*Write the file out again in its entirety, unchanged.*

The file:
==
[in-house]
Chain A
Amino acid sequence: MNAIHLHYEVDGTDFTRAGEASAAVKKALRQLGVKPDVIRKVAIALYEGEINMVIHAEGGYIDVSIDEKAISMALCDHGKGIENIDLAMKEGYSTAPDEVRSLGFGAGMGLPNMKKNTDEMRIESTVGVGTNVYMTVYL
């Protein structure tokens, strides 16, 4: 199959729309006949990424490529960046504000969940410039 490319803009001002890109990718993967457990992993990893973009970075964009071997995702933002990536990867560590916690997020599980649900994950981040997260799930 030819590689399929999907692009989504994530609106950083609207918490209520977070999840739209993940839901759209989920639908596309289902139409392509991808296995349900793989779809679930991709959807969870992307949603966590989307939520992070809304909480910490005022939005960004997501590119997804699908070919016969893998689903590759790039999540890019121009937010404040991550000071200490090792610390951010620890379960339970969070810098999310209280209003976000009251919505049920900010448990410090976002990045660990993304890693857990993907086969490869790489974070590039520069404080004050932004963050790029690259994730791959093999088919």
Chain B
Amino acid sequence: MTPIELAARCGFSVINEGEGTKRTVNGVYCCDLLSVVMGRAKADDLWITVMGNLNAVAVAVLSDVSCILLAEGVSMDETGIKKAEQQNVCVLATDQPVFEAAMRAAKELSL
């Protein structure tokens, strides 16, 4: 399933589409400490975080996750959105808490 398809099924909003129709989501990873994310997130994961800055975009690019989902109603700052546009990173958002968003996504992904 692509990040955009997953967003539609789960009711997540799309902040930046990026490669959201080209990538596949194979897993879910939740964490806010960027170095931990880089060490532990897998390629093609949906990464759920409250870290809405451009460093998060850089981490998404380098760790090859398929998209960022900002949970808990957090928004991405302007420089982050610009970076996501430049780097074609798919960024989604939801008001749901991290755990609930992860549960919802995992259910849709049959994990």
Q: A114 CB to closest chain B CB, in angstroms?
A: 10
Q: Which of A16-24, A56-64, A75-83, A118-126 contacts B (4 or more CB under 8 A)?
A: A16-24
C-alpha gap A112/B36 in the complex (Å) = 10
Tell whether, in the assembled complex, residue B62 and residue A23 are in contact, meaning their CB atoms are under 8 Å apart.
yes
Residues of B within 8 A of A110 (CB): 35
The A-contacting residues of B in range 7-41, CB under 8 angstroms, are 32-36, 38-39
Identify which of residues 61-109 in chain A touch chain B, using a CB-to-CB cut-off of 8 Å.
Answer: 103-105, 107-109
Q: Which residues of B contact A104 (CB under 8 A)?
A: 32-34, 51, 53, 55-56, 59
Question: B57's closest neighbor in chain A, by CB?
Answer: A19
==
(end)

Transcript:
[in-house]
Chain A
Amino acid sequence: MNAIHLHYEVDGTDFTRAGEASAAVKKALRQLGVKPDVIRKVAIALYEGEINMVIHAEGGYIDVSIDEKAISMALCDHGKGIENIDLAMKEGYSTAPDEVRSLGFGAGMGLPNMKKNTDEMRIESTVGVGTNVYMTVYL
């Protein structure tokens, strides 16, 4: 199959729309006949990424490529960046504000969940410039 490319803009001002890109990718993967457990992993990893973009970075964009071997995702933002990536990867560590916690997020599980649900994950981040997260799930 030819590689399929999907692009989504994530609106950083609207918490209520977070999840739209993940839901759209989920639908596309289902139409392509991808296995349900793989779809679930991709959807969870992307949603966590989307939520992070809304909480910490005022939005960004997501590119997804699908070919016969893998689903590759790039999540890019121009937010404040991550000071200490090792610390951010620890379960339970969070810098999310209280209003976000009251919505049920900010448990410090976002990045660990993304890693857990993907086969490869790489974070590039520069404080004050932004963050790029690259994730791959093999088919």
Chain B
Amino acid sequence: MTPIELAARCGFSVINEGEGTKRTVNGVYCCDLLSVVMGRAKADDLWITVMGNLNAVAVAVLSDVSCILLAEGVSMDETGIKKAEQQNVCVLATDQPVFEAAMRAAKELSL
């Protein structure tokens, strides 16, 4: 399933589409400490975080996750959105808490 398809099924909003129709989501990873994310997130994961800055975009690019989902109603700052546009990173958002968003996504992904 692509990040955009997953967003539609789960009711997540799309902040930046990026490669959201080209990538596949194979897993879910939740964490806010960027170095931990880089060490532990897998390629093609949906990464759920409250870290809405451009460093998060850089981490998404380098760790090859398929998209960022900002949970808990957090928004991405302007420089982050610009970076996501430049780097074609798919960024989604939801008001749901991290755990609930992860549960919802995992259910849709049959994990």
Q: A114 CB to closest chain B CB, in angstroms?
A: 10
Q: Which of A16-24, A56-64, A75-83, A118-126 contacts B (4 or more CB under 8 A)?
A: A16-24
C-alpha gap A112/B36 in the complex (Å) = 10
Tell whether, in the assembled complex, residue B62 and residue A23 are in contact, meaning their CB atoms are under 8 Å apart.
yes
Residues of B within 8 A of A110 (CB): 35
The A-contacting residues of B in range 7-41, CB under 8 angstroms, are 32-36, 38-39
Identify which of residues 61-109 in chain A touch chain B, using a CB-to-CB cut-off of 8 Å.
Answer: 103-105, 107-109
Q: Which residues of B contact A104 (CB under 8 A)?
A: 32-34, 51, 53, 55-56, 59
Question: B57's closest neighbor in chain A, by CB?
Answer: A19